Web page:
Why did Obama authorize airstrikes against the Islamic State, the Iraqi militant group more commonly known as ISIS, on Thursday? The main reason is that ISIS is making serious advances in northern Iraq, ones that threaten American interests and risk humanitarian catastrophe. Understanding that development requires a sense of what territory in Iraq ISIS controls. This map will help you do exactly that.
The map is put together by the Institute for the Study of War, a DC-based military affairs think tank. ISW closely tracks developments on the ground in Iraq and regularly publishes updates. Here's their most recent map, from August 7th. ISIS-controlled locations are black dots, Kurdish-controlled areas are in purple, contested ones are red, and other areas of concern are in yellow:
You'll notice a lot of black and purple dots near each other in the northeast. That's where ISIS controlled territory meets Kurdish controlled territory. ISIS began pushing into previously secure Kurdish territory only very recently. The US is especially worried about that because its Baghdad embassy staff had evacuated to the Kurdish capital, Erbil (marked Arbil here), and a number of American troops and diplomats are still there. That's a big part of why Obama said the US would bomb ISIS if they threatened Erbil.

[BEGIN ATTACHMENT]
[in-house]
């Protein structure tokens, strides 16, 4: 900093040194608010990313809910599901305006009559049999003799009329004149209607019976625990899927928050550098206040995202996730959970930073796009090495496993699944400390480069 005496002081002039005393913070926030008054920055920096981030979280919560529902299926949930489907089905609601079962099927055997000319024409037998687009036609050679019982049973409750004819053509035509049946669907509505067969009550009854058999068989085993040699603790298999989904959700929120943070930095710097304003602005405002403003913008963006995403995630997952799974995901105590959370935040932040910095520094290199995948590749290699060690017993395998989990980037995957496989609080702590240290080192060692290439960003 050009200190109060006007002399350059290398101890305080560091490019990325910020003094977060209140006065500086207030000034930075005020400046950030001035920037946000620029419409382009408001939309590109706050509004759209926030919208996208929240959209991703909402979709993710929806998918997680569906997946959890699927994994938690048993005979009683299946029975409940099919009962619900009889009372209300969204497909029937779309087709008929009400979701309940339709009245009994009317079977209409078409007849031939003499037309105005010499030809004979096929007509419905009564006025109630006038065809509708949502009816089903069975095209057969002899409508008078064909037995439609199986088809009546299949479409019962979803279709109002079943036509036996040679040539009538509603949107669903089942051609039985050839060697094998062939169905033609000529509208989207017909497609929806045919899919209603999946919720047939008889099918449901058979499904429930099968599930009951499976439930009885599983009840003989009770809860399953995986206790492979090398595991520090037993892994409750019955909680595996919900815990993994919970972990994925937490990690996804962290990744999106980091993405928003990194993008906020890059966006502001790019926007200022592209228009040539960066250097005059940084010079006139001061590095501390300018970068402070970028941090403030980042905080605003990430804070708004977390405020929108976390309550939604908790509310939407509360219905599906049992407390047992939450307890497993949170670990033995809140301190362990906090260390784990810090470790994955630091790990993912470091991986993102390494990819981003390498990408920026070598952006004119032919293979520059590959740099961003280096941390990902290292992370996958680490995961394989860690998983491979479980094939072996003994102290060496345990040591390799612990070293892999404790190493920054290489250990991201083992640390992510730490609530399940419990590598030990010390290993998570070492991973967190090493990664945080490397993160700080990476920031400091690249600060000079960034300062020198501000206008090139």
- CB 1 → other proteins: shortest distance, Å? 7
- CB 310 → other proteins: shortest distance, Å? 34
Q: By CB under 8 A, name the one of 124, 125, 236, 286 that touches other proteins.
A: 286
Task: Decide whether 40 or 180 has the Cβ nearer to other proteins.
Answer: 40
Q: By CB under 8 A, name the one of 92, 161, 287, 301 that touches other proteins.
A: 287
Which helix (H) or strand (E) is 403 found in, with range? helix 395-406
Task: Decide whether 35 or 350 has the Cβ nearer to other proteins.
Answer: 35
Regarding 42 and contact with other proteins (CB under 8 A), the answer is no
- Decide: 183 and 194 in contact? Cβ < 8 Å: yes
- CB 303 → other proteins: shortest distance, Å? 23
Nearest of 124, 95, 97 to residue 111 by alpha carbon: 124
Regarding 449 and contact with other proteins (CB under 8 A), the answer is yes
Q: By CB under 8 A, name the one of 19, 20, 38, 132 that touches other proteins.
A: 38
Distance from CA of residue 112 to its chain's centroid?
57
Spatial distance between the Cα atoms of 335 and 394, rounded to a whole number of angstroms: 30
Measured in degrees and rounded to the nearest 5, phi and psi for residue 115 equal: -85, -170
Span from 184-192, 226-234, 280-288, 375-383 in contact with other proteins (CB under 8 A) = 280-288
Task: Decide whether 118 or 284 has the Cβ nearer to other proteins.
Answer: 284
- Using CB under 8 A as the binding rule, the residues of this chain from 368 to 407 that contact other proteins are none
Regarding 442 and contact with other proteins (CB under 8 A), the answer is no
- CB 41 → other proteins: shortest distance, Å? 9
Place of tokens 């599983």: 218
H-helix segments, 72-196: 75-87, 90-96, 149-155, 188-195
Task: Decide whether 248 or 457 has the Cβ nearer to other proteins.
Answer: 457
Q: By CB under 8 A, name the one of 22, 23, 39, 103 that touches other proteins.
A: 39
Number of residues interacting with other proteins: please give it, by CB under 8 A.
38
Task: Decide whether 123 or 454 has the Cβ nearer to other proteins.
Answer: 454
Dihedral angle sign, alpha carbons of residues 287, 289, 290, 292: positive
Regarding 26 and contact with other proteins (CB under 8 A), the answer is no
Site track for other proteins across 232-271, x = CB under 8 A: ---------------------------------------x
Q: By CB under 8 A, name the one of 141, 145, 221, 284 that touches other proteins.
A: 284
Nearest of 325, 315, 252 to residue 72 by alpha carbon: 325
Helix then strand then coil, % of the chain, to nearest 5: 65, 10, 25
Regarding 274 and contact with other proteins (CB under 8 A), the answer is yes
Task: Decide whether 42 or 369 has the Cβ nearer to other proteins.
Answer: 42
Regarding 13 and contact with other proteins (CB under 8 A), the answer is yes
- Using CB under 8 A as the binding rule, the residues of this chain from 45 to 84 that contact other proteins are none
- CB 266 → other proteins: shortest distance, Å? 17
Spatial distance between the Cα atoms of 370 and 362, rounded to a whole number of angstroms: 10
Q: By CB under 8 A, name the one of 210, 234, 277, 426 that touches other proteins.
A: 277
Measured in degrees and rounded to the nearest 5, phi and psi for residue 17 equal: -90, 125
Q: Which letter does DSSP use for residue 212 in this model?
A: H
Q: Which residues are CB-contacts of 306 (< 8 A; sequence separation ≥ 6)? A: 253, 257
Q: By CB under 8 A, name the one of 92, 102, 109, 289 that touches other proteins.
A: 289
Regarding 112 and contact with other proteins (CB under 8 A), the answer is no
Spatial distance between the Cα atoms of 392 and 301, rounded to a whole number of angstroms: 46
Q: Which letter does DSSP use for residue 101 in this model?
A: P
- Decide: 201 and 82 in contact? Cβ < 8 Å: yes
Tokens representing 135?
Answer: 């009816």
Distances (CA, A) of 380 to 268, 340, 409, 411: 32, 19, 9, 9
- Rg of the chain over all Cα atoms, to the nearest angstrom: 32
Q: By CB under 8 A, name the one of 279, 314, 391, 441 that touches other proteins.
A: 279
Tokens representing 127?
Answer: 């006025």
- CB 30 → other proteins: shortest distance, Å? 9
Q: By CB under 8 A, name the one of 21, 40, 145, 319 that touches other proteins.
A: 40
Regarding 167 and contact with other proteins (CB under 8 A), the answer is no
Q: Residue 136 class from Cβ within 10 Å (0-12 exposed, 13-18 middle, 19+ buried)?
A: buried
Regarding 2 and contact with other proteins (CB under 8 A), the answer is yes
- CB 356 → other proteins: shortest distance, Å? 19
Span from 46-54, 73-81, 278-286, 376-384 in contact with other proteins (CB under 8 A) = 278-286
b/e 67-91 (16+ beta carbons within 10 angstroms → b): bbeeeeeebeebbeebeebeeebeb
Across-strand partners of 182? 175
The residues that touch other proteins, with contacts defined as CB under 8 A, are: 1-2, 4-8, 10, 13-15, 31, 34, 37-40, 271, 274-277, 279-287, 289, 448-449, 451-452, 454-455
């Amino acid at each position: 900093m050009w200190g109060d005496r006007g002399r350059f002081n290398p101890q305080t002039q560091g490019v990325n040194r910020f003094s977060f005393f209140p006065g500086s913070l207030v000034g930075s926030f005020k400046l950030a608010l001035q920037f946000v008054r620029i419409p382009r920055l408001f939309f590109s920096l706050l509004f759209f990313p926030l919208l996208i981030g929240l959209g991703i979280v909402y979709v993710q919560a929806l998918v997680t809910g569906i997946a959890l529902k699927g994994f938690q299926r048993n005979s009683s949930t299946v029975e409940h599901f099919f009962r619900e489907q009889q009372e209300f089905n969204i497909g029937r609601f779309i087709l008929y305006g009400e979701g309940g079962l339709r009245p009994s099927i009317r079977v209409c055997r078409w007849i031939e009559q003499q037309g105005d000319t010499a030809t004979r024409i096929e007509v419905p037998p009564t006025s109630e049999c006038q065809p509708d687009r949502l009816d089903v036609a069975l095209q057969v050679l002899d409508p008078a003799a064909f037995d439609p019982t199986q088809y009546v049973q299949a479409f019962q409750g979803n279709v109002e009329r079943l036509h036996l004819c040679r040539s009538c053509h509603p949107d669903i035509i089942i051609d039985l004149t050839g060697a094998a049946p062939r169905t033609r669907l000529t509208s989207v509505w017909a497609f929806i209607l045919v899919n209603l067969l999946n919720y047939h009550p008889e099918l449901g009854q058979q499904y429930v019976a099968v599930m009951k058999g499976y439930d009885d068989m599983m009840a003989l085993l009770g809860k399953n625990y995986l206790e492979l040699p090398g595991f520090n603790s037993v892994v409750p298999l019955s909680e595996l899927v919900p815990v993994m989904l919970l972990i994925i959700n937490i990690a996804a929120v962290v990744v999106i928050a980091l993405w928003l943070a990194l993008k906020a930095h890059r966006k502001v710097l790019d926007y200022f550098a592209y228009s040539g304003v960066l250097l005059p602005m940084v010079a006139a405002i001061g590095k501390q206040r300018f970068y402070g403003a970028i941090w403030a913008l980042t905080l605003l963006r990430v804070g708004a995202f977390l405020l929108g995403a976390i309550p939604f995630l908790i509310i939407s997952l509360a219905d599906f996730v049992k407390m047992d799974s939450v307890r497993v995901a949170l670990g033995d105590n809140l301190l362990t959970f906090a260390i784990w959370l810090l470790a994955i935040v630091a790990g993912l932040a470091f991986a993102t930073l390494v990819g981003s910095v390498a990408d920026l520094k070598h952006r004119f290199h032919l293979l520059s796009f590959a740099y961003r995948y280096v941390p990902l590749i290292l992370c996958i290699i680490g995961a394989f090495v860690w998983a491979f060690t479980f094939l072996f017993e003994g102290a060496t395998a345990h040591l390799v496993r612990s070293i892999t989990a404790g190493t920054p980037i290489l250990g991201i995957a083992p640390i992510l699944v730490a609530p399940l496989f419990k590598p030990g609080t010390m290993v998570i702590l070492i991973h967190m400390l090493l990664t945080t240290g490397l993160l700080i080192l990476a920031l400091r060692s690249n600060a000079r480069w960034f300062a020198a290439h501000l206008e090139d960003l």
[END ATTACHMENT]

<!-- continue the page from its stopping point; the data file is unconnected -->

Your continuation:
In Iraq's far northwest you'll see Sinjar: that's where ISIS's advance sent at least ten thousands civilians from the Yazidi ethno-religious minority fleeing to nearby Mount Sinjar. The Yazidi are still there, unable to leave without being slaughtered by ISIS, but have no regular access to food or water, which is why the US is sending humanitarian airdrops to help them, and may also send air strikes against ISIS's siege.
The Iraqi Kurdish troops, known as the peshmerga, are well-trained and numerous, so ISIS' rapid advance in these areas in recent days is something of a surprise. Any threat that ISIS could move even further into Kurdish territory will be taken very seriously by the US.